Aside from OTC pain relievers and rest, as we're often told to do, nothing was done for me to heal the root causes. Before my first session started, I was taught how to drink water, which sounded crazy initially, but the explanation made perfect sense. I'm not talking about gulp, gulp, gulp, and don't choke from breathing in the water too fast. No. Our body can only absorb 4 ounces of water every thirty minutes. Any more than that will have us wear out the path to the restroom so the body can get rid of the excess it cannot use. We waste more water from peeing and then flushing at least two gallons to eliminate the excess water. Crazy!

Next, I learned that both doctors could not explain the pain thoroughly to me because they were in the business of surgeries. Yes, there was a concern about my ruptured disc. However, the muscles, including the fascia or soft tissue, were causing the pain. This kind of pain is because when you injure a muscle, it contracts or shrinks so that you won't move the muscle to give it time to heal. Ken refers to this response as "mother nature's cast." When the disc snapped, I did not know I was supposed to pull my left elbow toward my body. This position instinctually stopped the immediate pain in my left shoulder until I could get home to ice the area. I did know that ice is a natural anti-inflammatory medicine, though.

Ken explains, "Without treatment, your muscle heals shorter and more contracted than before you got hurt. This contraction takes away your normal range of motion. And you're unable to use that muscle the same way you once could."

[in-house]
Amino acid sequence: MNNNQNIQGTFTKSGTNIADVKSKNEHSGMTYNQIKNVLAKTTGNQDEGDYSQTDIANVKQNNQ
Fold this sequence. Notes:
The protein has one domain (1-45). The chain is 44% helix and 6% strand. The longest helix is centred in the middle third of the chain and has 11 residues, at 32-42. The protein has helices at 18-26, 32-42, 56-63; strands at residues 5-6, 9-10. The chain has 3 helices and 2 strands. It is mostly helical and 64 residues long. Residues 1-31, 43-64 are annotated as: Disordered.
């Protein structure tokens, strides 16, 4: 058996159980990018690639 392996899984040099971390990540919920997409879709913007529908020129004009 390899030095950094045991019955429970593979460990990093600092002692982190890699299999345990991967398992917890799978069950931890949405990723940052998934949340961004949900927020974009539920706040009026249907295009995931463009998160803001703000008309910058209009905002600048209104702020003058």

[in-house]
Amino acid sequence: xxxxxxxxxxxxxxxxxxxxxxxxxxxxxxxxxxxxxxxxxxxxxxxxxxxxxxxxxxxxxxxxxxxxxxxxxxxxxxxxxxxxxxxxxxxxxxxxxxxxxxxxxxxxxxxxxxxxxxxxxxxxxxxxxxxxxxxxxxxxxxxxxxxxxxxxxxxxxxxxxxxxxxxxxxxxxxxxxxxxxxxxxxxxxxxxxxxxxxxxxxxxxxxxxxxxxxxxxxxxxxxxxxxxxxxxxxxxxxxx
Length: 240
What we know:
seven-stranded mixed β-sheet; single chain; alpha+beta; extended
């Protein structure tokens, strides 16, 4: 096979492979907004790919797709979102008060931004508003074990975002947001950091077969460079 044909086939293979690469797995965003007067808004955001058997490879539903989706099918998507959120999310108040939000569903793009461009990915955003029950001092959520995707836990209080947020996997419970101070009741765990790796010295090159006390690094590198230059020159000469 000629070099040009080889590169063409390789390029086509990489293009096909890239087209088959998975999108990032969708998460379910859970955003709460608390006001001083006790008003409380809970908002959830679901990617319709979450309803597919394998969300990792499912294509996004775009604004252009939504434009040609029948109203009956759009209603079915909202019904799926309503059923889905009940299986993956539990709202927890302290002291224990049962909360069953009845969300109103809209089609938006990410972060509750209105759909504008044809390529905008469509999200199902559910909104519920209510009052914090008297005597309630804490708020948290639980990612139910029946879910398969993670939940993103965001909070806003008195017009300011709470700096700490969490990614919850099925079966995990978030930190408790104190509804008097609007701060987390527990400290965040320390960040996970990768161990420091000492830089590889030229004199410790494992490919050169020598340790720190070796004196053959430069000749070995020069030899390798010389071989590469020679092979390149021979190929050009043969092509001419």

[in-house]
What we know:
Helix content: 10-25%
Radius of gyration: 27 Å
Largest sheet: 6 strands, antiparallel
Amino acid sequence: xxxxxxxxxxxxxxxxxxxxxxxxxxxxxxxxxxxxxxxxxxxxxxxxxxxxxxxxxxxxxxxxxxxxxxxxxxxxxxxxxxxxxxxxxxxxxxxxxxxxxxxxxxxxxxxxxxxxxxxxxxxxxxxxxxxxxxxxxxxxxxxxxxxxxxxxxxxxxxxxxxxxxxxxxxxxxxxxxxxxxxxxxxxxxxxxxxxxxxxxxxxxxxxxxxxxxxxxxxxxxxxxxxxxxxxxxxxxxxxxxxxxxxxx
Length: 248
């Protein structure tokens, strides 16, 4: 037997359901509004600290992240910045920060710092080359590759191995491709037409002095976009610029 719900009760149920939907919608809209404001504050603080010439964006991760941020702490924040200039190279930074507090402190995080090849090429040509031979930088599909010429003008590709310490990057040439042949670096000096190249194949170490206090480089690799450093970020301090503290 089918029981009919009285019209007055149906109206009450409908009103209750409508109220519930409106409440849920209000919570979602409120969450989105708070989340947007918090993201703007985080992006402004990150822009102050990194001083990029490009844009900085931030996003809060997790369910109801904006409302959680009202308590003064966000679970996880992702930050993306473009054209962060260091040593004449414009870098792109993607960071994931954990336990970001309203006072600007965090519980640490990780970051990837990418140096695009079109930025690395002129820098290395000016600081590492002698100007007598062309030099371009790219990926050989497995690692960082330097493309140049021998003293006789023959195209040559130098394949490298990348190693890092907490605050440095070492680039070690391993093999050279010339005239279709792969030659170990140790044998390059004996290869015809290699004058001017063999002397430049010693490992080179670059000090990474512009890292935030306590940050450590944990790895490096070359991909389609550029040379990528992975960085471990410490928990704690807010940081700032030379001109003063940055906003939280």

Within the first three weeks of my injury, I could not extend my left arm without feeling intense burning, stinging, or a nerve zap in my shoulder blade and, eventually, my left pectoral muscle. The therapy was focused on my cervical and thoracic muscles to lengthen the fascia for the muscles to release and take their original shape. In three visits, my pain was gone. No surgery is needed, at least not in the immediate future.

The C5 is still herniated, and C6 is still ruptured, so surgery is not entirely off the table, but it could be years before I need to have that conversation. Since I visited Moench Method, I have regained my full range of motion and returned to my routine workouts, which included yoga. I focus on staying hydrated and not pushing myself to the limits. My body tells me when I need to rest and when it needs to move. I have to listen better, though. It is easy to ignore these signals or misinterpret them as caregivers when we tell ourselves we can't take a break because we're the only one who knows what our loved ones need.

Let me leave you with this one thought: If you are indeed the only one that knows your loved one's needs, then you owe it to yourself to listen to those pain signals to take action. I did not listen before, leading to my first spine surgery. I listened intently this time because Mom needed me to advocate for her more now than ever. Your loved one needs you, and you need your physical, mental, and emotional health beyond your caregiver journey.

I want quality of life, not just quantity. Don't you?

Be Proactive!

Special thanks to Jordan & Ken.